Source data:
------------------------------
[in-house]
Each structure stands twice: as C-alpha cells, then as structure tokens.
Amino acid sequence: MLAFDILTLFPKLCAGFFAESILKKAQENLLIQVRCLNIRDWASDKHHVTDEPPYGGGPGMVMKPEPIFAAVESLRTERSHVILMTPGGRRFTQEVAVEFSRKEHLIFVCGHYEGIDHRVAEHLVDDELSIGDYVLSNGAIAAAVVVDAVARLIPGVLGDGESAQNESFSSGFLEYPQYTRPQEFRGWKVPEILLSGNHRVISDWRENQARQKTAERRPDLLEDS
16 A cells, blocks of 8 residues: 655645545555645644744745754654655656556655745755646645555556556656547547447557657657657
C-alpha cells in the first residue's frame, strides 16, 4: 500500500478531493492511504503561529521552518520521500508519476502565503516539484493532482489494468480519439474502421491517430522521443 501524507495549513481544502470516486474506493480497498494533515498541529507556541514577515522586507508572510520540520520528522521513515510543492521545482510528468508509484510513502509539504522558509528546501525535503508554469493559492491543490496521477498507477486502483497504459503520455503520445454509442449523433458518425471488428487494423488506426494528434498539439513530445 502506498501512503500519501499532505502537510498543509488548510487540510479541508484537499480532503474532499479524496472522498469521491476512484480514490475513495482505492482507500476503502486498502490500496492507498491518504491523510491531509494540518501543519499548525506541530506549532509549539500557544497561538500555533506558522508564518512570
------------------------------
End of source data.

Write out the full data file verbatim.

[in-house]
Each structure stands twice: as C-alpha cells, then as structure tokens.
Amino acid sequence: MLAFDILTLFPKLCAGFFAESILKKAQENLLIQVRCLNIRDWASDKHHVTDEPPYGGGPGMVMKPEPIFAAVESLRTERSHVILMTPGGRRFTQEVAVEFSRKEHLIFVCGHYEGIDHRVAEHLVDDELSIGDYVLSNGAIAAAVVVDAVARLIPGVLGDGESAQNESFSSGFLEYPQYTRPQEFRGWKVPEILLSGNHRVISDWRENQARQKTAERRPDLLEDS
16 A cells, blocks of 8 residues: 655645545555645644744745754654655656556655745755646645555556556656547547447557657657657
C-alpha cells in the first residue's frame, strides 16, 4: 500500500478531493492511504503561529521552518520521500508519476502565503516539484493532482489494468480519439474502421491517430522521443 501524507495549513481544502470516486474506493480497498494533515498541529507556541514577515522586507508572510520540520520528522521513515510543492521545482510528468508509484510513502509539504522558509528546501525535503508554469493559492491543490496521477498507477486502483497504459503520455503520445454509442449523433458518425471488428487494423488506426494528434498539439513530445 502506498501512503500519501499532505502537510498543509488548510487540510479541508484537499480532503474532499479524496472522498469521491476512484480514490475513495482505492482507500476503502486498502490500496492507498491518504491523510491531509494540518501543519499548525506541530506549532509549539500557544497561538500555533506558522508564518512570